The Canadian Embassy in Nairobi

Photo of the Canadian embassy, designed by J.L. Richard

Spokesmen for the Canadian embassy in Nairobi recently gave an interesting presentation to the House of Commons Standing Committee on Citizenship and Immigration.  The speakers were MB, the Program Manager, LC, the head of the permanent resident processing unit, and TD, the Operations Manager.

The Nairobi office is responsible for 18 countries, including Kenya, Ethiopia, Uganda, Mauritius, Somalia, Ethiopia, the Democratic Republic of Congo, Rwanda, Burundi, the Comoros Islands, Djibouti,  Eritrea, Madagascar, the Congo, Reunion, the Seychelles, and Tanzania.

Personnel

There are currently 12 Canadian officers at the Nairobi embassy, including two Canada Border Services Agency officers, and one medical officer.  There are three locally engaged officers with decision-making authority, and 33 other locally engaged staff.  There is also a full-time anti-fraud officer.

In addition to the staff at Nairobi, there are also locally engaged staff working at offices in Addis Ababa and in Kinshasa.  There is also a Canadian consulate in Kigali, and honorary consulates in Kampala, Burundi, Djibouti, and Madagascar.

Statistics

  • In 2010 Nairobi processed more than 1,800 family class cases, nearly 1,400 refugee cases, approximately 500 skilled worker cases, and about 11,700 applications for work, student, or visitor visas.
  • The current processing time for family class priority applications is 29 months.
  • Nairobi does not waive interview for more than 50% of family class cases.
  • The client service unit has a standard of five days to respond to incoming e-mails.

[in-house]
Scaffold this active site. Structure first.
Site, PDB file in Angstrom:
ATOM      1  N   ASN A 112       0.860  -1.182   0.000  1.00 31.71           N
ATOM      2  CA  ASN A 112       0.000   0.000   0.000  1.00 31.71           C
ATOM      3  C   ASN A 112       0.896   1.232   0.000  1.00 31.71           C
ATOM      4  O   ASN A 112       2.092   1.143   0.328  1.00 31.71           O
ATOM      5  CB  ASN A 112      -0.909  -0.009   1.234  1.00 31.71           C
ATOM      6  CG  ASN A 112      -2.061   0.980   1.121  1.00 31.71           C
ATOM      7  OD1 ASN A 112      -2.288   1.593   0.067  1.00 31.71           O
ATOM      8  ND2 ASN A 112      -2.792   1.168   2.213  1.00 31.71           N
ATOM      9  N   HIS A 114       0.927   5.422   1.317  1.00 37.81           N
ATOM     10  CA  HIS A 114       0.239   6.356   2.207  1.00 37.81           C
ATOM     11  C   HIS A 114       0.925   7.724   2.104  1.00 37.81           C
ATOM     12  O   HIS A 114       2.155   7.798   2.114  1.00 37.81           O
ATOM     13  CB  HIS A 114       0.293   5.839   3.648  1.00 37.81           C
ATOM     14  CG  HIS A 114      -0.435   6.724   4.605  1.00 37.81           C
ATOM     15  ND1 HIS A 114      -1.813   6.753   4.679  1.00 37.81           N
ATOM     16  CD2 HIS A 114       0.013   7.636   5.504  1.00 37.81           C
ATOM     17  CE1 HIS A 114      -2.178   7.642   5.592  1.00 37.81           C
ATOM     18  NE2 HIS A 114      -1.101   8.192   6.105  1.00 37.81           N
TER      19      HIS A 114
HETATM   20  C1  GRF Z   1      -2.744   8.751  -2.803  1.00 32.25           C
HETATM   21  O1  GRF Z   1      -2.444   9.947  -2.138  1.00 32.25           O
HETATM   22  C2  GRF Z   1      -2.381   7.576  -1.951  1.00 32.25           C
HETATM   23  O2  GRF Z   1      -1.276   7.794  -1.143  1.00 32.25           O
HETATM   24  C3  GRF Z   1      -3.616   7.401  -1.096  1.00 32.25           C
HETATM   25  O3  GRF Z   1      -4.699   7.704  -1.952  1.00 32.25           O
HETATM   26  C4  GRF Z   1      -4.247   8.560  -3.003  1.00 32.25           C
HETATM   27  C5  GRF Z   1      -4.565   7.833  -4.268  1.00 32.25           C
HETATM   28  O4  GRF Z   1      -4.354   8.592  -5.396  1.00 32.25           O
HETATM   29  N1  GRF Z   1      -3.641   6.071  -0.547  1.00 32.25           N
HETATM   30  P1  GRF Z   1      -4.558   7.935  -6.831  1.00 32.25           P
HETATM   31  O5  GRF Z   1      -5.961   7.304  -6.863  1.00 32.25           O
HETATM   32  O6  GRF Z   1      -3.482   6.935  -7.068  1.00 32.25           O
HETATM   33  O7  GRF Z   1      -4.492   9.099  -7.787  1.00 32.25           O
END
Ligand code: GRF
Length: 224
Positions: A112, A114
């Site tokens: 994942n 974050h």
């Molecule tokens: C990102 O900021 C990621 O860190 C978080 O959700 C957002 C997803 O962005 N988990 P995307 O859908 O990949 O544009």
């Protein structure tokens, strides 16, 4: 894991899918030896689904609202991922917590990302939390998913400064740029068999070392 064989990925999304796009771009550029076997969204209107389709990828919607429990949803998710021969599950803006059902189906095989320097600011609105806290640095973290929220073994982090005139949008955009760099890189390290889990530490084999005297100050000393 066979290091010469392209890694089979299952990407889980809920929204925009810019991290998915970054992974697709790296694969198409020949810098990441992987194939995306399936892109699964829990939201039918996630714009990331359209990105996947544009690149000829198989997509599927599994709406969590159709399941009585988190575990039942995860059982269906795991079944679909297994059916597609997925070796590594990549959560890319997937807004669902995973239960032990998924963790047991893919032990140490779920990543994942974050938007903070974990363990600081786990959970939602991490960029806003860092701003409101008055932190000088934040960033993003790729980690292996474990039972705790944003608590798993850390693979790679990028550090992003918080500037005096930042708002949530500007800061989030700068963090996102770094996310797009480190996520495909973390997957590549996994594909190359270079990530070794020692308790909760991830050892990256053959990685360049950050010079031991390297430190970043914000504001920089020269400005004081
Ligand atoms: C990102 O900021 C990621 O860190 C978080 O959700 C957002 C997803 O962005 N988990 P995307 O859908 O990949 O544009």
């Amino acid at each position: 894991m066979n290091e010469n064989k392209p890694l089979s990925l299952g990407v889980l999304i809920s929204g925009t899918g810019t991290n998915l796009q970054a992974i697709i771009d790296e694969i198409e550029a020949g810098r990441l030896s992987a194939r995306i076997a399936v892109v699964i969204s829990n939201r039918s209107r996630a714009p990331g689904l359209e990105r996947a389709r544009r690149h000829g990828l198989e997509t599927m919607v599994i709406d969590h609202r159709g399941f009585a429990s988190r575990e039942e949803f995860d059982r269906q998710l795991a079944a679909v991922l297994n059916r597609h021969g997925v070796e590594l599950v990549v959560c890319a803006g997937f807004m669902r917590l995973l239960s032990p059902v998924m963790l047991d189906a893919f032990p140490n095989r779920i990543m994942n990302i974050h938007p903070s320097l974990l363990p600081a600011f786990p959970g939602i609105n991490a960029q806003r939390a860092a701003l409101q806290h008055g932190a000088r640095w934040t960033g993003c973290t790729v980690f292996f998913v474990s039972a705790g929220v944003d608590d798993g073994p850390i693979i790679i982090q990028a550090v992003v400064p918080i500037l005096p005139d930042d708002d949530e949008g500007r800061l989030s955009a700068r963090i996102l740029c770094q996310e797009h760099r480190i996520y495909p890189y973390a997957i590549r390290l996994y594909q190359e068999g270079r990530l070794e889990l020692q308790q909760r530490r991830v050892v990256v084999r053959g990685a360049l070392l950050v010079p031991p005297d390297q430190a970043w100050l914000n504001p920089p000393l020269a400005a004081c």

• The current inventory of privately sponsored refugees is 8,000.
  • Each decision maker makes an average of 860 decisions on permanent residents a year.
  • Mauritius currently accounts for most of the Federal Skilled Worker Applications processed in Nairobi.

Key Issues

During the presentation, the following issues were described as being the key issues facing the embassy:

  • Difficulty establishing and maintaining contact with applicants due to poor infrastructure in the region;
  • A growing interest, and a corresponding increasing amount of fraud, in applicants adding dependents that may not actually be family class members;
  • There is an increasing amount of fraud in the privately sponsored refugee movement, and the current rejection rate is around 50%.
  • State documentation is weak.  In Somalia, for example, civil documentation has not been available for at least 10 years.

Conclusion

Our office already gets detailed statistics on application processing times and success rates for each immigration category at the Nairobi embassy.  This presentation to the Standing Commitee provided an interesting insight into the faces and issues behind those success rates.